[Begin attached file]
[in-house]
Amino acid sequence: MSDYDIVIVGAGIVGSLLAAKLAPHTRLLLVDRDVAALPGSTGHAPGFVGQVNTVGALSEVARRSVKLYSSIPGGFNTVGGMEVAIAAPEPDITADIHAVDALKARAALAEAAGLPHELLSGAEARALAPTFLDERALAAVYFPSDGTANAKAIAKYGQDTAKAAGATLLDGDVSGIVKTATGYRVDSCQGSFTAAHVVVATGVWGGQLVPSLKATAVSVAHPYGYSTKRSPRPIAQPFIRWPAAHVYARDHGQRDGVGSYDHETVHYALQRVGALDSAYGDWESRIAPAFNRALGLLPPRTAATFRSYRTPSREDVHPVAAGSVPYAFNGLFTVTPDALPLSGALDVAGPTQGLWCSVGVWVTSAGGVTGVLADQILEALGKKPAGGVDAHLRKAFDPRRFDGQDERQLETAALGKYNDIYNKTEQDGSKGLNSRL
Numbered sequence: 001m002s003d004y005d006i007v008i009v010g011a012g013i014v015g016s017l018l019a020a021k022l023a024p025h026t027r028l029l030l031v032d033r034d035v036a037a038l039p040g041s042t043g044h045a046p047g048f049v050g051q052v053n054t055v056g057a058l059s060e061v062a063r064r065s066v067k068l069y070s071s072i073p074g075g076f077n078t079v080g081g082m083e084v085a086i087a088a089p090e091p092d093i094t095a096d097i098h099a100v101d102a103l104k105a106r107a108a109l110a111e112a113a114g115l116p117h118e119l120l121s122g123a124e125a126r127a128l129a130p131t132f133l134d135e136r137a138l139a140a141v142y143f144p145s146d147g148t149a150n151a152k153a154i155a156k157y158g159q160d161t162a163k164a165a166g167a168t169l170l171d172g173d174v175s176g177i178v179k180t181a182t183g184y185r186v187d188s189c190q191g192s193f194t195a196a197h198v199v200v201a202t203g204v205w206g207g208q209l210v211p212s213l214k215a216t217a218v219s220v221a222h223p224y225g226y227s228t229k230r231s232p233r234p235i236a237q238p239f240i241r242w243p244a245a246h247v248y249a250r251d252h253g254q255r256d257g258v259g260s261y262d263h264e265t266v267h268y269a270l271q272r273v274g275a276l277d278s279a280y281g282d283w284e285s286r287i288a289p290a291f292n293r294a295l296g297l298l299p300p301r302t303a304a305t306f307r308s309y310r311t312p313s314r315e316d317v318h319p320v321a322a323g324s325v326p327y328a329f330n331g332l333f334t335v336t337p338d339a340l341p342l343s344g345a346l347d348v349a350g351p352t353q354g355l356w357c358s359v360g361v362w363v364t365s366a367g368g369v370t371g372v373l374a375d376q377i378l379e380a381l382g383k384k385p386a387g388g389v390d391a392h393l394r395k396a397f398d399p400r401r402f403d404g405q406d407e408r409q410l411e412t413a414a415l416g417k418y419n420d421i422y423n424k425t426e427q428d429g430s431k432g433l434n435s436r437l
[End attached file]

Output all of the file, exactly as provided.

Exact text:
[in-house]
Amino acid sequence: MSDYDIVIVGAGIVGSLLAAKLAPHTRLLLVDRDVAALPGSTGHAPGFVGQVNTVGALSEVARRSVKLYSSIPGGFNTVGGMEVAIAAPEPDITADIHAVDALKARAALAEAAGLPHELLSGAEARALAPTFLDERALAAVYFPSDGTANAKAIAKYGQDTAKAAGATLLDGDVSGIVKTATGYRVDSCQGSFTAAHVVVATGVWGGQLVPSLKATAVSVAHPYGYSTKRSPRPIAQPFIRWPAAHVYARDHGQRDGVGSYDHETVHYALQRVGALDSAYGDWESRIAPAFNRALGLLPPRTAATFRSYRTPSREDVHPVAAGSVPYAFNGLFTVTPDALPLSGALDVAGPTQGLWCSVGVWVTSAGGVTGVLADQILEALGKKPAGGVDAHLRKAFDPRRFDGQDERQLETAALGKYNDIYNKTEQDGSKGLNSRL
Numbered sequence: 001m002s003d004y005d006i007v008i009v010g011a012g013i014v015g016s017l018l019a020a021k022l023a024p025h026t027r028l029l030l031v032d033r034d035v036a037a038l039p040g041s042t043g044h045a046p047g048f049v050g051q052v053n054t055v056g057a058l059s060e061v062a063r064r065s066v067k068l069y070s071s072i073p074g075g076f077n078t079v080g081g082m083e084v085a086i087a088a089p090e091p092d093i094t095a096d097i098h099a100v101d102a103l104k105a106r107a108a109l110a111e112a113a114g115l116p117h118e119l120l121s122g123a124e125a126r127a128l129a130p131t132f133l134d135e136r137a138l139a140a141v142y143f144p145s146d147g148t149a150n151a152k153a154i155a156k157y158g159q160d161t162a163k164a165a166g167a168t169l170l171d172g173d174v175s176g177i178v179k180t181a182t183g184y185r186v187d188s189c190q191g192s193f194t195a196a197h198v199v200v201a202t203g204v205w206g207g208q209l210v211p212s213l214k215a216t217a218v219s220v221a222h223p224y225g226y227s228t229k230r231s232p233r234p235i236a237q238p239f240i241r242w243p244a245a246h247v248y249a250r251d252h253g254q255r256d257g258v259g260s261y262d263h264e265t266v267h268y269a270l271q272r273v274g275a276l277d278s279a280y281g282d283w284e285s286r287i288a289p290a291f292n293r294a295l296g297l298l299p300p301r302t303a304a305t306f307r308s309y310r311t312p313s314r315e316d317v318h319p320v321a322a323g324s325v326p327y328a329f330n331g332l333f334t335v336t337p338d339a340l341p342l343s344g345a346l347d348v349a350g351p352t353q354g355l356w357c358s359v360g361v362w363v364t365s366a367g368g369v370t371g372v373l374a375d376q377i378l379e380a381l382g383k384k385p386a387g388g389v390d391a392h393l394r395k396a397f398d399p400r401r402f403d404g405q406d407e408r409q410l411e412t413a414a415l416g417k418y419n420d421i422y423n424k425t426e427q428d429g430s431k432g433l434n435s436r437l